Unlock the natural sweetness and rich depth of flavor that figs bring to the table with our comprehensive fig syrup recipe. Whether you're a culinary enthusiast or a novice in the kitchen, this versatile syrup is a delightful addition to your pantry. In just a few simple steps, you'll learn how to create this figgy elixir that can transform your cocktail recipes and dishes from ordinary to extraordinary.
Related: how to freeze figs
Fig syrup is generally popular year-round, as it is a great way to add sweetness and complexity to delicious cocktails and dishes in various seasons. However, its popularity can peak during late summer and early autumn is when the fig tree is thriving and fresh figs are in season. This is when fig-related recipes become more prevalent. It's the time of year when this fresh fruit is at its ripest, making them ideal for creating homemade fig syrup to capture their unique flavors.
Fig syrup can be enjoyed and used in cooking throughout the year, thanks to its versatility and ability to enhance both sweet and savory dishes.
Below, are the simple and minimal ingredients required for making this fig syrup recipe:
- Ripe figs
- White cane sugar
- Vanilla extract
See recipe card for quantities.
How to Make Fresh Fig Syrup
Here, you will find process shots along with simple, step-by-step instructions:
1. Wash and stem the fresh figs. Chop them into small pieces. You can leave the skin on for added texture and flavor. Set aside. Place saucepan over medium heat. Add in 1 cup water and 1 cup sugar. Stir with a spoon until sugar dissolves into the water.
2. Add in the chopped figs. Feel free to add in a little cinnamon or other warm spices. Stir and combine with a spoon.
3. Bring the fig mixture to a gentle boil. Once it is boiling, reduce the heat to low heat. Let it simmer for about 15 minutes or until hot figs become soft and the mixture thickens. You want the consistency to be similar to maple syrup. The longer you simmer it, the thicker it gets.
4. Stir in 1 teaspoon of vanilla extract during the last minute of simmering. Remove the saucepan from the heat and allow the syrup to cool slightly.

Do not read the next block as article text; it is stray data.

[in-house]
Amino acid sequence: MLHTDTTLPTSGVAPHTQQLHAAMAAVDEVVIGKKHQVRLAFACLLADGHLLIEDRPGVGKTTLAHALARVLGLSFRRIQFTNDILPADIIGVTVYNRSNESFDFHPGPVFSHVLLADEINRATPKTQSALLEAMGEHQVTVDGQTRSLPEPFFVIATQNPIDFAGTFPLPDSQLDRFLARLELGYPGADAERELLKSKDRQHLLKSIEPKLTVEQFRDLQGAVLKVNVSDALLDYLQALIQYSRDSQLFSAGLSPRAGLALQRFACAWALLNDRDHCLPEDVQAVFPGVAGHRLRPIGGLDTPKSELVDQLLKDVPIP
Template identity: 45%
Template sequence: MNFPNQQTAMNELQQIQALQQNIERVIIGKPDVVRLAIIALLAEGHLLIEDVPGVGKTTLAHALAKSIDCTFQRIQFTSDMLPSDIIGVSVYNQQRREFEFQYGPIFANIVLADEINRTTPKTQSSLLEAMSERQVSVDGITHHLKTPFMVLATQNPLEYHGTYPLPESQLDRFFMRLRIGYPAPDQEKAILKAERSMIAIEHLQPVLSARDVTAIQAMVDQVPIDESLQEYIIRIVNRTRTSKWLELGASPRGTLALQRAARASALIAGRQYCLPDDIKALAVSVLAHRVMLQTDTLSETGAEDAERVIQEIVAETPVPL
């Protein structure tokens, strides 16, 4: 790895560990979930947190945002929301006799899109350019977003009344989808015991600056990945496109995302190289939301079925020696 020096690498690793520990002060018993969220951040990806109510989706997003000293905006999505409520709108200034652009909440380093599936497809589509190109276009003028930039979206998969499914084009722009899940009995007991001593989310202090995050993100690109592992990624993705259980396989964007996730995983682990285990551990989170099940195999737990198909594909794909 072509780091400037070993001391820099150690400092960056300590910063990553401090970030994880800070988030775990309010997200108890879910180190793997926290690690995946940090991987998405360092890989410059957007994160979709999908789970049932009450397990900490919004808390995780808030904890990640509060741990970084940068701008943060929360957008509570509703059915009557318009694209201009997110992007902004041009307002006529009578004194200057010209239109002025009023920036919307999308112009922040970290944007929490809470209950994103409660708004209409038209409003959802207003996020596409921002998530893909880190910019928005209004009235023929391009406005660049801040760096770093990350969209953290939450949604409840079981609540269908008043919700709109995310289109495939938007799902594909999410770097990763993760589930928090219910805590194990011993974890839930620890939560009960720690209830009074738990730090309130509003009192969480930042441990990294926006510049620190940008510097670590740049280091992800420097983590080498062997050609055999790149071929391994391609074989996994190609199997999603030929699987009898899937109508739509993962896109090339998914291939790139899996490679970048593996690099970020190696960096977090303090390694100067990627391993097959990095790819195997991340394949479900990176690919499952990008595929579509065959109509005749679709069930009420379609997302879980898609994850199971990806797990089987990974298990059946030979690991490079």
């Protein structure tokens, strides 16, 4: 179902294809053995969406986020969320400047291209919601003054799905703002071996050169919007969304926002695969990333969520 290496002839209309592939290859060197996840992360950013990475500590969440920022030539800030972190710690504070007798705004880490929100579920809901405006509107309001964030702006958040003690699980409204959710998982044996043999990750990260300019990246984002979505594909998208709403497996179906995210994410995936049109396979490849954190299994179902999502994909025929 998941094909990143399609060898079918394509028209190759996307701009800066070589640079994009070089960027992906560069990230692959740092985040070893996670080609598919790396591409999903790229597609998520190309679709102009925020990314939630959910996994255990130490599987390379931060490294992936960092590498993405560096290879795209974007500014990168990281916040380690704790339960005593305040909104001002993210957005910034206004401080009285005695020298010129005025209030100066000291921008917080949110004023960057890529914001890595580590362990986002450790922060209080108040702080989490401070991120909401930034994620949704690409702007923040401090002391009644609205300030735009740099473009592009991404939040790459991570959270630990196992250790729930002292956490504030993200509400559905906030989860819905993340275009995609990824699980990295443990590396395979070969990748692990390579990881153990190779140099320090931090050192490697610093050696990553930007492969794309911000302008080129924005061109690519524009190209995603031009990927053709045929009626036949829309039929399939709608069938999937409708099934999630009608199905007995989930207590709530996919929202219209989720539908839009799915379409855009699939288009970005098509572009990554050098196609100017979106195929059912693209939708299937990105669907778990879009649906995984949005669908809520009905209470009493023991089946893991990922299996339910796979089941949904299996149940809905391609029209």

5. Strain the syrup through a fine-mesh sieve into a clean container or bowl to remove any fig seeds or solids. Press down on the solids with the back of a spoon to extract all the flavorful syrup.
6. Let the fig syrup cool to room temperature. Once cooled, transfer it to a clean, airtight container or a glass bottle with a pourable spout.
Hint: If you'd like your syrup to be thinner like a simple syrup, don't simmer it as long. Simmering it for too long will give it a very thick consistency.
- Vanilla Extract - if you prefer not to have a prominent vanilla flavor in your syrup, simply leave it out or reduce the amount to ½ teaspoon.
- Figs - this recipe works interchangeably with other fruits like apricots, peaches, blueberries, or any favorite fruits.
- White Sugar - instead of using white sugar in this recipe, you may use brown sugar or a combination of the two. Note, that this will give your syrup more of a molasses flavor.
There are various ways to infuse creativity and different flavors into this fig syrup recipe. Here are a few ideas:
- Spiced Fig Syrup - add warming spices like cinnamon, cloves, or star anise during the cooking process to create a spiced version of fig syrup. This variation works beautifully in autumn-inspired recipes.
- Citrus Twist - incorporate the zesty brightness of citrus by adding orange or lemon zest to your syrup during the cooking process. The citrusy notes will complement the fig's sweetness.
- Herbal Infusion - experiment with fresh herbs like rosemary or thyme to impart an herbal dimension to your syrup. These variations can elevate savory dishes or cocktails.